Q: Do you practice a specific specialty?
A: I am currently entering my PGY3 year of residency training.  Although I have not settled on a specific specialty of practice, I have been able to immerse myself into various specialties during my training.  We are fortunate enough to rotate through 6 different sites, including an orthopedic hospital, a cancer hospital dealing strictly with the rehab needs of cancer patients, two academic centers with both inpatients and outpatients, a pediatric hospital, and a traumatic brain injury/spinal cord injury hospital. These rotations have opened my eyes to different avenues and potential areas where I can concentrate my practice, but I have not settled on a specific direction yet.  I can say, however, that I am certainly enjoying the process and will continue to explore all that the field has to offer!

Q: Why did you join AOCPMR?
A: I became interested in joining the AOCPMR during my PGY2 year with the intention of meeting other like-minded osteopathic physicians within the field, as well as contribute to the field on a larger scale by helping to promote and advance the field of Physical Medicine and Rehabilitation.  I believe it is very important to know people in the field, especially on a national level, as there is always so much to learn from colleagues and mentors in the osteopathic and physiatric community.

Q: What do you love about belonging to AOCPMR?
A: Although I am a fairly young member of the organization, I have already met several colleagues with whom I have shared interests, and whom I am already working with on a few projects.  In addition, I find it to be a great resource to learn what is new and emerging within the field of PM&R.  It is wonderful to see so many enthusiastic and motivated physiatrists working toward a common goal of advancing our field.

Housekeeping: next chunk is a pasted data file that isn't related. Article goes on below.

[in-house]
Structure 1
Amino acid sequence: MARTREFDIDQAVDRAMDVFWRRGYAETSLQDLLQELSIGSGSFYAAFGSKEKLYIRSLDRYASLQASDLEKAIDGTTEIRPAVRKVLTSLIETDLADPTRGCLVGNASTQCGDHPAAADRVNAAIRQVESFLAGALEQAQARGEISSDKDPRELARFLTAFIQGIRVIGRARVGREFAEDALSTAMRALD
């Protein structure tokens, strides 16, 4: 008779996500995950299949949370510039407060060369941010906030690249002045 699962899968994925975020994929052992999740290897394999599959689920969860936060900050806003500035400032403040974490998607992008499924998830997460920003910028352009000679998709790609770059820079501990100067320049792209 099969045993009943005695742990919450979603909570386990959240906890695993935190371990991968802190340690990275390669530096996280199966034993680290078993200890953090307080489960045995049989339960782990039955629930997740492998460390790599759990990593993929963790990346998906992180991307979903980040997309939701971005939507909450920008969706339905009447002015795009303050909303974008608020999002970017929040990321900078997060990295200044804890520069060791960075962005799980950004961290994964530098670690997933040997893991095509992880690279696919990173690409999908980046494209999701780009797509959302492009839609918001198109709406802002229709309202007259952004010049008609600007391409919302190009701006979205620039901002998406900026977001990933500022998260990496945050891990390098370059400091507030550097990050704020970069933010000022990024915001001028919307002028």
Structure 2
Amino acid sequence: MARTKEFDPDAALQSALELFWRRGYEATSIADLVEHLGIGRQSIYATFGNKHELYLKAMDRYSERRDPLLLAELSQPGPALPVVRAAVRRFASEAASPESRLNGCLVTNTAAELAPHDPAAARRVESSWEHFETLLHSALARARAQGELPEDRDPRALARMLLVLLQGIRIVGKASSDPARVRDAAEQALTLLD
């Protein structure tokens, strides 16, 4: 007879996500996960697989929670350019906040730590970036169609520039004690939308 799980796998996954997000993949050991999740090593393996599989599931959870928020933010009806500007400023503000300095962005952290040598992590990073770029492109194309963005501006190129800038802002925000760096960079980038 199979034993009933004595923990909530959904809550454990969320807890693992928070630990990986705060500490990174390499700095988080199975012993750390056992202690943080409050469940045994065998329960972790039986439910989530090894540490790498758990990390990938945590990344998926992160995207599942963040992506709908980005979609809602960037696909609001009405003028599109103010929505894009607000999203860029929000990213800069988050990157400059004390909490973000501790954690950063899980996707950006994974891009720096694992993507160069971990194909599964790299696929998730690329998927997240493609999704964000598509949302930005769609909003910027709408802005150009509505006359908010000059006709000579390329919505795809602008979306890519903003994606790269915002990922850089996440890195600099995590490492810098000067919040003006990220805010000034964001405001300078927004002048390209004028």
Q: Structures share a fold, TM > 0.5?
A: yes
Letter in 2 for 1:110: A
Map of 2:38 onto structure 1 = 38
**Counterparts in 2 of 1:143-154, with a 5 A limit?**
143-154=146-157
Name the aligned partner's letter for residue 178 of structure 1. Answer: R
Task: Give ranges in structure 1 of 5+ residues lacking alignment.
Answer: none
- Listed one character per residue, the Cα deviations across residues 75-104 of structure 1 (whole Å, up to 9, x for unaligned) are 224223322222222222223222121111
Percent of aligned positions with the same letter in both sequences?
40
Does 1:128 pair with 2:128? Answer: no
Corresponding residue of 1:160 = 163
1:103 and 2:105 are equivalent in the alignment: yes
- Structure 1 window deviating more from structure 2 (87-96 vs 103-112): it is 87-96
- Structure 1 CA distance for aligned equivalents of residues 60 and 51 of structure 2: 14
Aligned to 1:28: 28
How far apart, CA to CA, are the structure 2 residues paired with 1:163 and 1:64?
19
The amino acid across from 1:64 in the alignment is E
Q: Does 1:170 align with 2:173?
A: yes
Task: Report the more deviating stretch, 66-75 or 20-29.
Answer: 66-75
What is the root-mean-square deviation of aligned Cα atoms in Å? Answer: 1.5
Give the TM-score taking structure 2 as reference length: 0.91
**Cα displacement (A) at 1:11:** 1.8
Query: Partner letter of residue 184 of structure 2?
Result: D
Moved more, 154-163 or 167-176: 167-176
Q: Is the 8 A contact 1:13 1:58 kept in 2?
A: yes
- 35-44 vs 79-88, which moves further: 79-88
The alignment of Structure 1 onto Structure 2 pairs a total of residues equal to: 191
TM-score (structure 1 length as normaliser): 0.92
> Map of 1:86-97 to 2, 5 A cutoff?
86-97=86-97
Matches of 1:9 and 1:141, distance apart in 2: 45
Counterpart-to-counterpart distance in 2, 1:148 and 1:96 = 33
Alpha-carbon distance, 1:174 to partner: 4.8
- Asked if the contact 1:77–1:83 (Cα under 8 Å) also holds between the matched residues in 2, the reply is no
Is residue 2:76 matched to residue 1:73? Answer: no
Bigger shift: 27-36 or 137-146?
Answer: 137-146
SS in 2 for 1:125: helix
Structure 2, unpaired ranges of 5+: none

Q: What do you like to do in your free time?
A:  That is a tough question to answer, since I value my free time so much! I recently moved to New York City for residency training and I love exploring the city and all that it has to offer.  I consider myself a foodie and love to sample the wonderful cuisine in town and I also love to cook.  Whenever I have I few days off, however, I always find myself travelling to new places stretching the 4 corners of the world.  I also love the outdoors and spend a lot of time sailing, biking, and skiing.

Student Member Profile: Jon Benfied

Name: Jon Benfield

Undergraduate: Brigham Young University Provo, UT

Medical School: Midwestern University Arizona College of Osteopathic Medicine Glendale, AZ

 

Q: What first attracted you to Physical Medicine & Rehabilitation?

A: The combination of orthopedics, neurology and musculoskeletal medicine and the variety of subspecialties one can pursue after a PM&R residency.

 

Q: Do you practice a specific specialty?

A: No. Currently, I’m a fourth year medical school student looking to match to a well rounded PM&R program. I’m genuinely interested in all aspects of PM&R but I do particularly like musculoskeletal disease and spinal injuries.

 

Q: Why did you join AOCPMR?

A: It was a group of physicians who took time to explain the field to me and answer my questions. This grew into a mutual mentorship/friendship with a number of them. In essence, it has become a professional home for me. Also, I enjoy the AOCPMR’s ability to grow, build and problem solve from a team approach. It gives its physicians, residents and students a sense of responsibility, ownership and pride in the project and college.

 

Q: What do you love about belonging to AOCPMR?

A: It’s the perfect mixture of professionalism and camaraderie between everyone involved. It’s just a great group of people who enjoy what they do and each other.

 

Q: What do you like to do in your free time?

A: What’s that? Most of my free time is spent with my spouse or family. We like trying a lot of new restaurants or getting out into the mountains for a weekend of hiking and camping. Personal free time training for endurance events, watching sports and learning how to cook. These are all just great ways to relax and enjoy life.